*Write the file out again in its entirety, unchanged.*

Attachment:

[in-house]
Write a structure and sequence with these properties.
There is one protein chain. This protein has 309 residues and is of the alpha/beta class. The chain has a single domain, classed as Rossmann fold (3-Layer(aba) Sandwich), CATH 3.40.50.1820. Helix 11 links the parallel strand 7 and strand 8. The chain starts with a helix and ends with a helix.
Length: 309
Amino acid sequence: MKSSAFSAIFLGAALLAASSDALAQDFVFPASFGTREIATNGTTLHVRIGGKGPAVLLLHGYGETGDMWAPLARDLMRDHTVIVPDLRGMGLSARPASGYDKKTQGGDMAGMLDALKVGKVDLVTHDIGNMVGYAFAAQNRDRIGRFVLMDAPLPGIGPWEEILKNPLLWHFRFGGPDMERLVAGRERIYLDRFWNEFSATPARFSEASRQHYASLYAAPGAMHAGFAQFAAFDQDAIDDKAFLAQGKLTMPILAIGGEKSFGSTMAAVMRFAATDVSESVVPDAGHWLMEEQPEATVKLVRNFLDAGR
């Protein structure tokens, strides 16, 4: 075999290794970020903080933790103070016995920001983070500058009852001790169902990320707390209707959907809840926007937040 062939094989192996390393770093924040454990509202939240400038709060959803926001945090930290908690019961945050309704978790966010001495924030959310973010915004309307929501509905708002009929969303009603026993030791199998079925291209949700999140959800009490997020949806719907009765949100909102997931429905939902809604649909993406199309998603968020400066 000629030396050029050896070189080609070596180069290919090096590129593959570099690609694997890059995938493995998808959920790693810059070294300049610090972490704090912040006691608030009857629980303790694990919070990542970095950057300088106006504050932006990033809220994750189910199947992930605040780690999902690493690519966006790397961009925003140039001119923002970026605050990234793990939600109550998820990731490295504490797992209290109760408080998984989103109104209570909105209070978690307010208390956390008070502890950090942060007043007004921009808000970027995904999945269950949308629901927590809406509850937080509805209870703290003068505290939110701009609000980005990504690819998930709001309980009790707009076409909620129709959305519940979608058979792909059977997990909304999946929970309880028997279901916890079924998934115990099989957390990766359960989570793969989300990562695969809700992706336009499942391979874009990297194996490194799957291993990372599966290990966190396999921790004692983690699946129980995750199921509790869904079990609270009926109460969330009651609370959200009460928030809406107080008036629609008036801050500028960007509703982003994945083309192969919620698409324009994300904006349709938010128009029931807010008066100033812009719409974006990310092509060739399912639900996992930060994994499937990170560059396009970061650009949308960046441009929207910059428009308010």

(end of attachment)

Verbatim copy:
[in-house]
Write a structure and sequence with these properties.
There is one protein chain. This protein has 309 residues and is of the alpha/beta class. The chain has a single domain, classed as Rossmann fold (3-Layer(aba) Sandwich), CATH 3.40.50.1820. Helix 11 links the parallel strand 7 and strand 8. The chain starts with a helix and ends with a helix.
Length: 309
Amino acid sequence: MKSSAFSAIFLGAALLAASSDALAQDFVFPASFGTREIATNGTTLHVRIGGKGPAVLLLHGYGETGDMWAPLARDLMRDHTVIVPDLRGMGLSARPASGYDKKTQGGDMAGMLDALKVGKVDLVTHDIGNMVGYAFAAQNRDRIGRFVLMDAPLPGIGPWEEILKNPLLWHFRFGGPDMERLVAGRERIYLDRFWNEFSATPARFSEASRQHYASLYAAPGAMHAGFAQFAAFDQDAIDDKAFLAQGKLTMPILAIGGEKSFGSTMAAVMRFAATDVSESVVPDAGHWLMEEQPEATVKLVRNFLDAGR
């Protein structure tokens, strides 16, 4: 075999290794970020903080933790103070016995920001983070500058009852001790169902990320707390209707959907809840926007937040 062939094989192996390393770093924040454990509202939240400038709060959803926001945090930290908690019961945050309704978790966010001495924030959310973010915004309307929501509905708002009929969303009603026993030791199998079925291209949700999140959800009490997020949806719907009765949100909102997931429905939902809604649909993406199309998603968020400066 000629030396050029050896070189080609070596180069290919090096590129593959570099690609694997890059995938493995998808959920790693810059070294300049610090972490704090912040006691608030009857629980303790694990919070990542970095950057300088106006504050932006990033809220994750189910199947992930605040780690999902690493690519966006790397961009925003140039001119923002970026605050990234793990939600109550998820990731490295504490797992209290109760408080998984989103109104209570909105209070978690307010208390956390008070502890950090942060007043007004921009808000970027995904999945269950949308629901927590809406509850937080509805209870703290003068505290939110701009609000980005990504690819998930709001309980009790707009076409909620129709959305519940979608058979792909059977997990909304999946929970309880028997279901916890079924998934115990099989957390990766359960989570793969989300990562695969809700992706336009499942391979874009990297194996490194799957291993990372599966290990966190396999921790004692983690699946129980995750199921509790869904079990609270009926109460969330009651609370959200009460928030809406107080008036629609008036801050500028960007509703982003994945083309192969919620698409324009994300904006349709938010128009029931807010008066100033812009719409974006990310092509060739399912639900996992930060994994499937990170560059396009970061650009949308960046441009929207910059428009308010």